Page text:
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How to remove paint off plastic

Updated February 21, 2017

If paint has been splashed or dripped (and dried) on a plastic item, be aware that removing paint from plastic can be a little tricky. Many solvents that safely remove paint from metal, wood and other hard surfaces can damage plastics. Therefore, be extra careful when choosing a product for removing the paint; otherwise, the plastic item you are trying to save will end up worse off than before you started. Fortunately, there are safe ways and products to remove paint from plastic.

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  1. Scrape gently to remove as much of the paint as you can. Hold the blade flush with the plastic surface to avoid scratching it.

  2. Pour rubbing alcohol over the remaining paint. The alcohol will come out of the bottle quickly, so be careful or it may spill over areas where you don't want it.

  3. Rub the paint with paper towels. If the paint does not transfer to the paper towel, add more rubbing alcohol to the spot and wait 5 to 10 minutes. Add more rubbing alcohol whenever it dries (it evaporates quickly) and change to a clean section of paper towel after every swipe over the paint.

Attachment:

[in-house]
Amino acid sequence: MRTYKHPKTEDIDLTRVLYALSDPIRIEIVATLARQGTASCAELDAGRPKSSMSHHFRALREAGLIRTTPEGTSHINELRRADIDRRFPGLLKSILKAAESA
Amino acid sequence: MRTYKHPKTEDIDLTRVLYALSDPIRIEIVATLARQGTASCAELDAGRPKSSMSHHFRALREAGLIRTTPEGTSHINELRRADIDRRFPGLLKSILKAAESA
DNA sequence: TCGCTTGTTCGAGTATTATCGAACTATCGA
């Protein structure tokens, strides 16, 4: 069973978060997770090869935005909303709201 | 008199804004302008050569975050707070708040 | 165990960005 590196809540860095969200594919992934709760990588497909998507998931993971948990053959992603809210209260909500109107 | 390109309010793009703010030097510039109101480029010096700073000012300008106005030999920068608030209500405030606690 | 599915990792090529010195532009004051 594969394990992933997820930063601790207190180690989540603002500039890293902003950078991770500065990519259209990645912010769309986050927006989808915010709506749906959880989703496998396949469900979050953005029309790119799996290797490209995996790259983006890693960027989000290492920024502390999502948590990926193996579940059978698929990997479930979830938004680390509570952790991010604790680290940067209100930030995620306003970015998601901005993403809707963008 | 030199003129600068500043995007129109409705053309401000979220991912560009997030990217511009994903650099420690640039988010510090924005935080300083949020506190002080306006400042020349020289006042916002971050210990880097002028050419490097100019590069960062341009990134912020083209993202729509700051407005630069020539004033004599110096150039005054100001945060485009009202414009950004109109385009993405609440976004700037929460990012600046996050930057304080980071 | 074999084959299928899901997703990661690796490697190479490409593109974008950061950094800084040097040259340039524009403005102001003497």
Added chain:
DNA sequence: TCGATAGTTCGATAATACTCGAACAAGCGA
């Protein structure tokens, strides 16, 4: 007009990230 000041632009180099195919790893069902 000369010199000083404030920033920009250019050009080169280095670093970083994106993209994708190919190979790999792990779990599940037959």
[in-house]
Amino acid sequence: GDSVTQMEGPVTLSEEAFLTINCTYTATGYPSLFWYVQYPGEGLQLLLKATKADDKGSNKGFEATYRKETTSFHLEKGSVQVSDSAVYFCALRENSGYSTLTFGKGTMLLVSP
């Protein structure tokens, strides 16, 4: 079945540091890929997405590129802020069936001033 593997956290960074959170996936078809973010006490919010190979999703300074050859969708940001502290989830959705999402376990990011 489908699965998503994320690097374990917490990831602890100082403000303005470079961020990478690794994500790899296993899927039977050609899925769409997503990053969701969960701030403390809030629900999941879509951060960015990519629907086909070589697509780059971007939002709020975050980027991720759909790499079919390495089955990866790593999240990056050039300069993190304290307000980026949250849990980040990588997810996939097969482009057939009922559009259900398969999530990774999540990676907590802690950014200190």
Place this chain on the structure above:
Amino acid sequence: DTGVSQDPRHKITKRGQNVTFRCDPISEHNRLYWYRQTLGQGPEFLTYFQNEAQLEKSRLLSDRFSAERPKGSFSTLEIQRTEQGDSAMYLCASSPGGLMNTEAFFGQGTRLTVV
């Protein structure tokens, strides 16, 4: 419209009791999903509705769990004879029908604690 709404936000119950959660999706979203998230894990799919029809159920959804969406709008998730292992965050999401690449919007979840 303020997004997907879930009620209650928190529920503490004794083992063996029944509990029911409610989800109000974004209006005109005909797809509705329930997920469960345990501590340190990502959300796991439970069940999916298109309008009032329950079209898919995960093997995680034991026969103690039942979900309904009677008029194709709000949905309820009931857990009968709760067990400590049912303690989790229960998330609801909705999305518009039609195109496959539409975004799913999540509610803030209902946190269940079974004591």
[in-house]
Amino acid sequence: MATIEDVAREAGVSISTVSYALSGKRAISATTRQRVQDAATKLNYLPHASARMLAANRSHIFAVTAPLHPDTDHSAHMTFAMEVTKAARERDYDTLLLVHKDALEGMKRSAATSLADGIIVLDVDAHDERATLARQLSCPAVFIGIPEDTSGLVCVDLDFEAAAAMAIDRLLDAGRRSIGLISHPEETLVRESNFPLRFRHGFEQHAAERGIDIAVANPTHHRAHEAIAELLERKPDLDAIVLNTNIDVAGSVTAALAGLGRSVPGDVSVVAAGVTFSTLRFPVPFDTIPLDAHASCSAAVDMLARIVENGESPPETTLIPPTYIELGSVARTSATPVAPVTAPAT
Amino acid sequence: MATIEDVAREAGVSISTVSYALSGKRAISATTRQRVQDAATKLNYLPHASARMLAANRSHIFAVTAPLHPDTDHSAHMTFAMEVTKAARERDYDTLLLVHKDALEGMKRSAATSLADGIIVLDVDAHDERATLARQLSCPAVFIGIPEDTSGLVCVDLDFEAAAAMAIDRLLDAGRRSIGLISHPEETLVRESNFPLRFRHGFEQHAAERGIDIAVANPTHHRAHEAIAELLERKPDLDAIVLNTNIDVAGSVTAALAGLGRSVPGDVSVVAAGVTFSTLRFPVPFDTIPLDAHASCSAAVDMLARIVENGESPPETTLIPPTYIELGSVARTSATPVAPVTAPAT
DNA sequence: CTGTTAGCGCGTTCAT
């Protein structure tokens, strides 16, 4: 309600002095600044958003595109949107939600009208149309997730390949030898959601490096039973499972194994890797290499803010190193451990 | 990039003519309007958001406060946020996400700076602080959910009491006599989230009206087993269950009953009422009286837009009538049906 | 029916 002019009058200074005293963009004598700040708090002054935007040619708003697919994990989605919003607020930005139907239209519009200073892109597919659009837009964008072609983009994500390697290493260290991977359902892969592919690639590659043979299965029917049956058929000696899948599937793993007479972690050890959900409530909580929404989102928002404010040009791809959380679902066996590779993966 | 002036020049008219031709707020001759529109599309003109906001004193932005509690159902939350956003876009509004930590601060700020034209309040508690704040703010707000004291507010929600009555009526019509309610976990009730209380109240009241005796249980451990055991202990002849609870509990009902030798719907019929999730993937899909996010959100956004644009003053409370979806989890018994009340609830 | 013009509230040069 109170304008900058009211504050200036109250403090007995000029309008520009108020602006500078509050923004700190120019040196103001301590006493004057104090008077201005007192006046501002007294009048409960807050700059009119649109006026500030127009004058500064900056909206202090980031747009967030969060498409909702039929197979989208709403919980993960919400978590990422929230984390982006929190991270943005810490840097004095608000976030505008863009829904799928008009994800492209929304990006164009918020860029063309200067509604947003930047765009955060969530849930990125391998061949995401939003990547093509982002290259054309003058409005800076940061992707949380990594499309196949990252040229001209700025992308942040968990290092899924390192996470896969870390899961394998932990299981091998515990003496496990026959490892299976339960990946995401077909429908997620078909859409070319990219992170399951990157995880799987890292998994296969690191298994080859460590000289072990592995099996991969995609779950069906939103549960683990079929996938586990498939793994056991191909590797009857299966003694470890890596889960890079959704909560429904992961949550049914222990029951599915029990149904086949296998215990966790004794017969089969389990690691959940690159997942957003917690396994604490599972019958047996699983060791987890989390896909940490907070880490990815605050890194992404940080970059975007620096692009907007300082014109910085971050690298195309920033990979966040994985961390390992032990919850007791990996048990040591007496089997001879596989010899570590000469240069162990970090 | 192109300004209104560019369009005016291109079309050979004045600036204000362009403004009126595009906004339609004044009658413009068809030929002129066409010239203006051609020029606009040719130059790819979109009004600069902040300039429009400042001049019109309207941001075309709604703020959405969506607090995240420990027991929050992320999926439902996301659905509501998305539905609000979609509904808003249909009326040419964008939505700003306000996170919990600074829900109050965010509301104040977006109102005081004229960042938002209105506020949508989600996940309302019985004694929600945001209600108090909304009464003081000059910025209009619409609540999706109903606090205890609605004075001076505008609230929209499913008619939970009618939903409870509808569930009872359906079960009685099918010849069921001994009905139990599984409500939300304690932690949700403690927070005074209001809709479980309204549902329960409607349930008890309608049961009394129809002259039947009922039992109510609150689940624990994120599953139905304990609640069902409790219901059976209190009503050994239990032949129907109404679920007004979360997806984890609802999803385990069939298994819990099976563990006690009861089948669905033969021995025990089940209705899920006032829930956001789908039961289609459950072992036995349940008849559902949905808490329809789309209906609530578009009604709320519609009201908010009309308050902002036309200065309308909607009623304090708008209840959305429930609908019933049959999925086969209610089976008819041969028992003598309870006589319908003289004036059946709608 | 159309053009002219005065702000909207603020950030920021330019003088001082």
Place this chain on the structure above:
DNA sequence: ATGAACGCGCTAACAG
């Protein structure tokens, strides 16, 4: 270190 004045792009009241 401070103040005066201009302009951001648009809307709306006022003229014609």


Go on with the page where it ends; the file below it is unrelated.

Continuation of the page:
4. Pour warm water and liquid dish washing detergent on a sponge. Scrub the area to remove remaining paint and alcohol from the plastic.

  5. Dry the plastic with a lint-free cloth.

  6. Tip

    Oil-based paints may be more difficult to remove than acrylic paint. If rubbing alcohol does not work, try Goo Gone or Goof Off Citrus. These products and other paint removing products are available at hardware stores, home improvement stores and other retailers. Test an area of the plastic first, however, to make sure the cleaner will not damage it. Rubbing alcohol can be found at grocery stores, in the aisle containing bandages and other first-aid supplies.


    Although rubbing alcohol is not likely to damage most plastics, test it on a hidden area first. Avoid using acetone (fingernail polish remover) and other strong solvents on plastics--solvents may melt plastic. Rubbing alcohol is flammable. Don't smoke while removing paint this way, and don't use it around any other open flame. Don't use abrasive sponges to scrub the paint off--these will usually scuff up the plastic's surface.

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Things You'll Need

  • Scraper (putty knife or razor knife)
  • Rubbing alcohol
  • Paper towels
  • Lint-free cloth
  • Soap

About the Author

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